Saturday, September 15, 2012

About intent, recall, relevance and precision of search solutions

One of the challenges of designing a good search solution is understanding the range of different search requirements from users. When you look at the Google search screen (or a SharePoint search center screen for that matter) it is quite minimalistic. The trick is to look for the intention of the user who is performing a search operation.

So what is the user looking for?

Key in delivering a good search result is the fact whether the search engine has understood the unstated question. Traditional metrics which are commonly used to measure the efficiency and effectiveness of search are the following:

  • Relevance = whether a document is relevant depends on your intent in the search. Basically, relevant results will help you achieve the goals that made you perform the search in the first place
  • Recall = the amount of total relevant documents which are retrieved by your search. A good recall means that not many documents are missing. If you know that there are 1000 relevant documents and the search would retrieve 100, the recall would be 10%. This metric is quite hard to measure in real life and is you should use this during a search validation phase where you are using a controlled, experimental environments.
  • Precision: the percentage of relevant documents in relation to the number of documents retrieved. If your search retrieves 100 documents and 20 of these are relevant, your precision is 20%. The opposite measure is called fallout, if you retrieve 100 documents and 20 are relevant, your fallout is 80%. Fallout becomes a bigger problem as the size of your search corpus become larger and your retrieved result set also gets larger. Scanning 80 irrelevant documents to fin 20 relevant ones may not be so bad, but with a 1000 results returned – this can be quite painful. Precision and recall typically go in opposite directions, when the query is broad, the recall is high, but precision is low and vice versa ….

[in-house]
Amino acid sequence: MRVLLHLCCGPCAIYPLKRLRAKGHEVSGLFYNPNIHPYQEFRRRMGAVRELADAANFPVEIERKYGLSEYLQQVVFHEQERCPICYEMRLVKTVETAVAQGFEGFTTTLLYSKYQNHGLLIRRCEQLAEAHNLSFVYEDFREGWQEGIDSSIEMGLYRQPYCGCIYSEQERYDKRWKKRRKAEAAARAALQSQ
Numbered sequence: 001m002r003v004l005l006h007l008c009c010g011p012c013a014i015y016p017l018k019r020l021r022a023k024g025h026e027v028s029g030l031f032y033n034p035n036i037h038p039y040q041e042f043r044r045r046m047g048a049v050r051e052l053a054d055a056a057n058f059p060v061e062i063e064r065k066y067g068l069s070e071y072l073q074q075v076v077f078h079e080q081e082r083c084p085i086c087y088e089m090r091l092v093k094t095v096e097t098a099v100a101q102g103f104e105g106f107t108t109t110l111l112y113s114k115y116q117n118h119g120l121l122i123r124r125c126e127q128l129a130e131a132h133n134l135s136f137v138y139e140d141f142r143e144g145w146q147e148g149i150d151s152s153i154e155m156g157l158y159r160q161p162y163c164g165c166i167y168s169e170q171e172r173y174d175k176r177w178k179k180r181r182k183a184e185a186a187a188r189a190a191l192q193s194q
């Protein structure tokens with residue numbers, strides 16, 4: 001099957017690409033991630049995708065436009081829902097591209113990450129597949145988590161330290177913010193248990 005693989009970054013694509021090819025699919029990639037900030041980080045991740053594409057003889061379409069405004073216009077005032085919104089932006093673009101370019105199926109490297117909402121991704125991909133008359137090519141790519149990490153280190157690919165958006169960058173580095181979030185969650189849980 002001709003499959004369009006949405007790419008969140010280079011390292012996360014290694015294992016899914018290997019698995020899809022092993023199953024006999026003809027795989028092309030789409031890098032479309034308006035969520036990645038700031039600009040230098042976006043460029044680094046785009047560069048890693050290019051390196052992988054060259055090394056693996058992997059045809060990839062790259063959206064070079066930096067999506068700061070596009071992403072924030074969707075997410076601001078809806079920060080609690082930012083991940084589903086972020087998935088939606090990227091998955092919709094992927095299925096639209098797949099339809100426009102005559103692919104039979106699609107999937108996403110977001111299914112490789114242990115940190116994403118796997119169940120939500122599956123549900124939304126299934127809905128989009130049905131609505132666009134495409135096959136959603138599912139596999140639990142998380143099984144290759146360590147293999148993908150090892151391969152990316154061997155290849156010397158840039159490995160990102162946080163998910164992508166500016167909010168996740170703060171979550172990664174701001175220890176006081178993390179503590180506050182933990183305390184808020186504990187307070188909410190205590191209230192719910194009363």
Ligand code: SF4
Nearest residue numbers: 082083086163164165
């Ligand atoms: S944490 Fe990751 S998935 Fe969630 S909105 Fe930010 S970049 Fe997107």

The measure with which it all start is relevance – and relevancy is dependent on the intent of the user. In any organization there will be a range of different search requirements from users, depending on the purpose for which they are searching. If you are serious about building a good search experience you should identify common tasks that user are trying to achieve when performing a search. These requirements are best identified though the development of search personas and scenarios. For more information on identifying personas and search information design take a look at the links listed below:

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